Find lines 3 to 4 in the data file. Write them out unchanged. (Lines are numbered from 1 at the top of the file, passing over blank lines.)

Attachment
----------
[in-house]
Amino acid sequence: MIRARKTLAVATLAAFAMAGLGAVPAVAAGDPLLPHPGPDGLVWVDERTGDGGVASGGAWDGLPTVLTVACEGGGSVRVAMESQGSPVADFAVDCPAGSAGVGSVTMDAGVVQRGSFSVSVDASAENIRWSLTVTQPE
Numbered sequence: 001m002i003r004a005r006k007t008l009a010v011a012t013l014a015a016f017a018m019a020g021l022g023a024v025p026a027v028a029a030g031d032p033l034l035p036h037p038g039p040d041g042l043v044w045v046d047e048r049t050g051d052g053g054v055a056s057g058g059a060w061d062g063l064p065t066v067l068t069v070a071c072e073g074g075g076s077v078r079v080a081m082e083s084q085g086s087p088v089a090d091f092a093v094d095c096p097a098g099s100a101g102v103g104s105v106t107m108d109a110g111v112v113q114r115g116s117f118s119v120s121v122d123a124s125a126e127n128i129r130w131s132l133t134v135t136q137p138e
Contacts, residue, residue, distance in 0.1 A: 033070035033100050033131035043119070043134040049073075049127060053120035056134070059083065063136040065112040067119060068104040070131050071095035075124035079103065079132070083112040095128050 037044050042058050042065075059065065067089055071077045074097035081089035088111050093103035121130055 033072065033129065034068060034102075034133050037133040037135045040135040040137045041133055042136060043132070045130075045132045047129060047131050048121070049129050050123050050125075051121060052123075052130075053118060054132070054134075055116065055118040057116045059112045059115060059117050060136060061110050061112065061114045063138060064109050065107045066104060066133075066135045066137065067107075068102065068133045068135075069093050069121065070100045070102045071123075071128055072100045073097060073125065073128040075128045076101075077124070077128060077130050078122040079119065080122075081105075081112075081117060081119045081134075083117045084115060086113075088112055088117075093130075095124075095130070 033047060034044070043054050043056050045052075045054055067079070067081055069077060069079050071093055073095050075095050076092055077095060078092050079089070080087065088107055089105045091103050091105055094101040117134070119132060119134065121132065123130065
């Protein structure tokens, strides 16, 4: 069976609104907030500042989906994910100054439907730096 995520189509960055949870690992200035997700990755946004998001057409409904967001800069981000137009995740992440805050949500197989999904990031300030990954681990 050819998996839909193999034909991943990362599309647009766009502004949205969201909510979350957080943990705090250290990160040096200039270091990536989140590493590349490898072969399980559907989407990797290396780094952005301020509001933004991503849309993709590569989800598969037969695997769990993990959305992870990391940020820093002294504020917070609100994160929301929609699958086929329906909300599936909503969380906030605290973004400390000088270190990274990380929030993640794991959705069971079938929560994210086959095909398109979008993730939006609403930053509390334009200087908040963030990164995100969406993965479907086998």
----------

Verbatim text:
Numbered sequence: 001m002i003r004a005r006k007t008l009a010v011a012t013l014a015a016f017a018m019a020g021l022g023a024v025p026a027v028a029a030g031d032p033l034l035p036h037p038g039p040d041g042l043v044w045v046d047e048r049t050g051d052g053g054v055a056s057g058g059a060w061d062g063l064p065t066v067l068t069v070a071c072e073g074g075g076s077v078r079v080a081m082e083s084q085g086s087p088v089a090d091f092a093v094d095c096p097a098g099s100a101g102v103g104s105v106t107m108d109a110g111v112v113q114r115g116s117f118s119v120s121v122d123a124s125a126e127n128i129r130w131s132l133t134v135t136q137p138e
Contacts, residue, residue, distance in 0.1 A: 033070035033100050033131035043119070043134040049073075049127060053120035056134070059083065063136040065112040067119060068104040070131050071095035075124035079103065079132070083112040095128050 037044050042058050042065075059065065067089055071077045074097035081089035088111050093103035121130055 033072065033129065034068060034102075034133050037133040037135045040135040040137045041133055042136060043132070045130075045132045047129060047131050048121070049129050050123050050125075051121060052123075052130075053118060054132070054134075055116065055118040057116045059112045059115060059117050060136060061110050061112065061114045063138060064109050065107045066104060066133075066135045066137065067107075068102065068133045068135075069093050069121065070100045070102045071123075071128055072100045073097060073125065073128040075128045076101075077124070077128060077130050078122040079119065080122075081105075081112075081117060081119045081134075083117045084115060086113075088112055088117075093130075095124075095130070 033047060034044070043054050043056050045052075045054055067079070067081055069077060069079050071093055073095050075095050076092055077095060078092050079089070080087065088107055089105045091103050091105055094101040117134070119132060119134065121132065123130065